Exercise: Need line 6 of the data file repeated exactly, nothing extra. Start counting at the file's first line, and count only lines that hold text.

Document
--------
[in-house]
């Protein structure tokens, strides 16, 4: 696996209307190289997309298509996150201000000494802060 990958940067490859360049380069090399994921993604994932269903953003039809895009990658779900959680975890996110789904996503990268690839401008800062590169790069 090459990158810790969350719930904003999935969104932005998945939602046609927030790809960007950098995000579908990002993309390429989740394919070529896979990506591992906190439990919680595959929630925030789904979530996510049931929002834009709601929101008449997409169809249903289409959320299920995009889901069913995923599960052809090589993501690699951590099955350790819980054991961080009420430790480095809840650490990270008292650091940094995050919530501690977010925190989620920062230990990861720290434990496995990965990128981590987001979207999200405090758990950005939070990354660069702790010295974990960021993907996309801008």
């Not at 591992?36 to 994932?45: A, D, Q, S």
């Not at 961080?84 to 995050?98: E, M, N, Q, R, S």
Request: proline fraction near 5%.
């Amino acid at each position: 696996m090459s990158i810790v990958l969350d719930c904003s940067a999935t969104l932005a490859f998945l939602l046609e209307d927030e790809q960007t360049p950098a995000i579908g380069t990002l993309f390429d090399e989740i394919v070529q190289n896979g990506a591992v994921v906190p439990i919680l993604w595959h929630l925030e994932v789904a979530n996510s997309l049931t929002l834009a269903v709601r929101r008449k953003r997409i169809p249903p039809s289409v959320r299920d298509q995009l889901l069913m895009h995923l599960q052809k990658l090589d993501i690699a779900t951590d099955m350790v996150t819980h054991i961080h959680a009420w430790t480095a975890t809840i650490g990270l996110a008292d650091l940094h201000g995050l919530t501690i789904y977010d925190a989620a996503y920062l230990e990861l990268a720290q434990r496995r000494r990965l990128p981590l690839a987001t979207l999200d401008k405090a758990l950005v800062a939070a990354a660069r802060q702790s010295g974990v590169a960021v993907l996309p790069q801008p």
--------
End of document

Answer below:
């Amino acid at each position: 696996m090459s990158i810790v990958l969350d719930c904003s940067a999935t969104l932005a490859f998945l939602l046609e209307d927030e790809q960007t360049p950098a995000i579908g380069t990002l993309f390429d090399e989740i394919v070529q190289n896979g990506a591992v994921v906190p439990i919680l993604w595959h929630l925030e994932v789904a979530n996510s997309l049931t929002l834009a269903v709601r929101r008449k953003r997409i169809p249903p039809s289409v959320r299920d298509q995009l889901l069913m895009h995923l599960q052809k990658l090589d993501i690699a779900t951590d099955m350790v996150t819980h054991i961080h959680a009420w430790t480095a975890t809840i650490g990270l996110a008292d650091l940094h201000g995050l919530t501690i789904y977010d925190a989620a996503y920062l230990e990861l990268a720290q434990r496995r000494r990965l990128p981590l690839a987001t979207l999200d401008k405090a758990l950005v800062a939070a990354a660069r802060q702790s010295g974990v590169a960021v993907l996309p790069q801008p």